Can Canada strike proper balance on rights and security?
As Canada reviews its national security policy, it’s time to raise issues that have been neglected or bungled for too long.
By: Amira Elghawaby | Toronto Star
April 26, 2016
Public safety is paramount to living in a functioning democracy. It’s why governments around the world are committed to ensuring their citizens are protected from those who would do them harm.
However, in the frightening days following 9/11 and in the years since then western governments have struggled, and at times failed, at both safeguarding public safety and protecting the freedoms they are ostensibly fighting for.
With Public Safety Minister Ralph Goodale currently embarking on a sweeping review of national security policy in Canada, and promising to consult with communities and civil society, now is an opportune moment to raise critical issues that have been neglected or bungled for too long.
First, the federal government must review the lessons of the past and implement the required fixes. It’s hard to fathom but there is no guarantee that the mistakes that led to the detention and torture of Canadian citizen Maher Arar couldn’t happen again. The recommendations put forward by the Arar Commission more than 10 years ago after a protracted public inquiry have yet to be fully implemented. The recommendations included a range of measures that would ensure proper oversight and review of security agencies, clear limits on information-sharing and adequate mechanisms to respond to the detention and potential torture of Canadians abroad (currently, there are at least two Canadians unjustly held in China and Ethiopia who have very likely been tortured).
Second, the government must accept the findings of an internal inquiry into the handling of a case involving three other men who were also tortured abroad. Back in 2008, Justice Frank Iacobucci found that the actions of Canadian officials indirectly led to the overseas detention and torture of Canadians citizens Ahmad El Maati, Muayyed Nureddin and Abdullah Almalki. When in opposition, the Liberals supported the call for apologies and compensation to the three men. Today, the government is stepping up a legal battle to fight their claims for justice.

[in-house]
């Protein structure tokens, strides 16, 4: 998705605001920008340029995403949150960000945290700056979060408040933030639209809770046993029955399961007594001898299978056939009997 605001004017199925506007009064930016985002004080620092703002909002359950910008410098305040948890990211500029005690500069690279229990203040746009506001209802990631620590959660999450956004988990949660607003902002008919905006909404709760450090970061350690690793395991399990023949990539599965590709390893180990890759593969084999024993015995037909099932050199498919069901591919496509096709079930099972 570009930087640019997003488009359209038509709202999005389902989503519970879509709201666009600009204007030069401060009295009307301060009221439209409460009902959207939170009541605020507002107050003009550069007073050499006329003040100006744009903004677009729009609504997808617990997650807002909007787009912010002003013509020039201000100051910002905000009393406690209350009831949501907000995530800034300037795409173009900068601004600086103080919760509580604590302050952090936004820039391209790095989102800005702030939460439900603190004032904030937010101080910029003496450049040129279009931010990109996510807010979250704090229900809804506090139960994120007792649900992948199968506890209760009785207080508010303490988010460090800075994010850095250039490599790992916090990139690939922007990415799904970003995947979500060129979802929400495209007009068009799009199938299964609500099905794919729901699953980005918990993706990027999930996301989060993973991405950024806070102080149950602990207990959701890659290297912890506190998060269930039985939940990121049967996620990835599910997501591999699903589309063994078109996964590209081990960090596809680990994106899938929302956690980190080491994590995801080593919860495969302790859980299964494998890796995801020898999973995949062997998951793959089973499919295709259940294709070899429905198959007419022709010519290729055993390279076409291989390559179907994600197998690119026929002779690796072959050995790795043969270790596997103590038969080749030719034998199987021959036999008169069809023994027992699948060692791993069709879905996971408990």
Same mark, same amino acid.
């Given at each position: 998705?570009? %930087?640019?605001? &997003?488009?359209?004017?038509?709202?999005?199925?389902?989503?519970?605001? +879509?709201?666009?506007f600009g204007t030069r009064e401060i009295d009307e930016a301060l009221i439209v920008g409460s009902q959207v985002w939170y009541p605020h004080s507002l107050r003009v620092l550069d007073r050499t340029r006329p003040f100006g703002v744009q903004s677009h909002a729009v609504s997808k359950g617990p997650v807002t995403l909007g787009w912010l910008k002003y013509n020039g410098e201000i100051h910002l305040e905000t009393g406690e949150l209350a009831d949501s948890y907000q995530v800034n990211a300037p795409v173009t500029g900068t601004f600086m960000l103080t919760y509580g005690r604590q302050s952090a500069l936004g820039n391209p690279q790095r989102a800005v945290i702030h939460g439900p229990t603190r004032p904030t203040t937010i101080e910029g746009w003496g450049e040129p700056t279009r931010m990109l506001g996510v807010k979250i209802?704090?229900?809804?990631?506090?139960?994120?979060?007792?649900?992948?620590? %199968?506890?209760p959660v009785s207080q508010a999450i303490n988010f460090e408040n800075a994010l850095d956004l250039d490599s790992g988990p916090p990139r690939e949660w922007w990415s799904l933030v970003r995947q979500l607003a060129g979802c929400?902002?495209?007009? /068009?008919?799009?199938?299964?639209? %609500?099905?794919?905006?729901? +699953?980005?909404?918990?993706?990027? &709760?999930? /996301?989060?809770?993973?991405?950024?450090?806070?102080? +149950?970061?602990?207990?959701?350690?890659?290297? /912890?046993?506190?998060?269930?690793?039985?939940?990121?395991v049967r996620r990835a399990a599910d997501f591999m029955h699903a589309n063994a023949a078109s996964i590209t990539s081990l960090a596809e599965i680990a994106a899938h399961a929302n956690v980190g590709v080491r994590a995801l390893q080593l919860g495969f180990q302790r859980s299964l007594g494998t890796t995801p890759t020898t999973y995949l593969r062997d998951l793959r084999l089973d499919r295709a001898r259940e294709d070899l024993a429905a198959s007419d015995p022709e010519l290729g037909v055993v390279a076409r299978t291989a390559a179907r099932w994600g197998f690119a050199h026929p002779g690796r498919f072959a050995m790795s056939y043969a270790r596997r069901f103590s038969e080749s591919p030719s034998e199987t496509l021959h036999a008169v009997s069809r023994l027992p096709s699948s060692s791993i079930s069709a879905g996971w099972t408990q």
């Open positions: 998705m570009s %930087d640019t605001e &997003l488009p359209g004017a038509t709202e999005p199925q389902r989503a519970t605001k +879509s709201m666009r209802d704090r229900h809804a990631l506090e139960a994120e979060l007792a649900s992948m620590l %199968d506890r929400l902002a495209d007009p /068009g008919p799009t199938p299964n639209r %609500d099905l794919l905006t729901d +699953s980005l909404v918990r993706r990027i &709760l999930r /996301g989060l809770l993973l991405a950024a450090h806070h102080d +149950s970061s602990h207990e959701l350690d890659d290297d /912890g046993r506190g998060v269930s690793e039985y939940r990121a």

Moreover, the government has not yet taken a firm position on the use of torture-tainted evidence, or the sharing of information with states that are known human rights abusers.
These are critical issues that should be top of mind for the minister’s office and would be best addressed by “eliminating any possible Canadian complicity in torture, avoiding the risk of other human rights abuses and ensuring accountability,” as stated by the Arar Commission report.
Third, the government has committed to creating a new Office of the Community Outreach and Counter-radicalization Coordinator. We’re told details are forthcoming, but what communities will no doubt be watching for is whether this office will operate on the false premise that Canadian Muslims are the “problem” or will it turn the page on a lost decade of policy-making and truly address the various factors leading to radicalization, the role of community stigmatization, as well as security threats from far-right extremists (who have been identified by Canada’s security agencies as a leading security concern).
Additionally, the government’s approach cannot only be about “hard security” measures such as surveillance, arrest and incarceration, as a recent brief by the Canadian Network for Research on Terrorism, Security and Society points out. “Comparatively little time, effort and funding have been earmarked for ‘softer security’ approaches, which aim to deter individuals from radicalizing to violence in the first instance, or to ‘disengage’ those who have adopted violent behaviours,” wrote the brief’s authors, including a retired CSIS senior official.
Finally, perhaps the most important test for the government will be how it implements the recommended changes and amendments to the Anti-terrorism Act, 2015.
It makes sense that Goodale has been looking overseas to see how other democracies are addressing these complex issues, but he should be careful not to repeat their mistakes either. For instance, the British government’s counterterrorism program, “Prevent”, has been widely criticized. The government can be confident in knowing that we have our own legal and security experts, as well as robust civil society actors and engaged community partners, who are ready and willing to help craft made-in-Canada solutions.
In these difficult times, what the world needs now is a country that demonstrates how to balance rights and security to ensure everyone’s well-being. Will it be Canada?
Amira Elghawaby is the communications director at the National Council of Canadian Muslims (NCCM).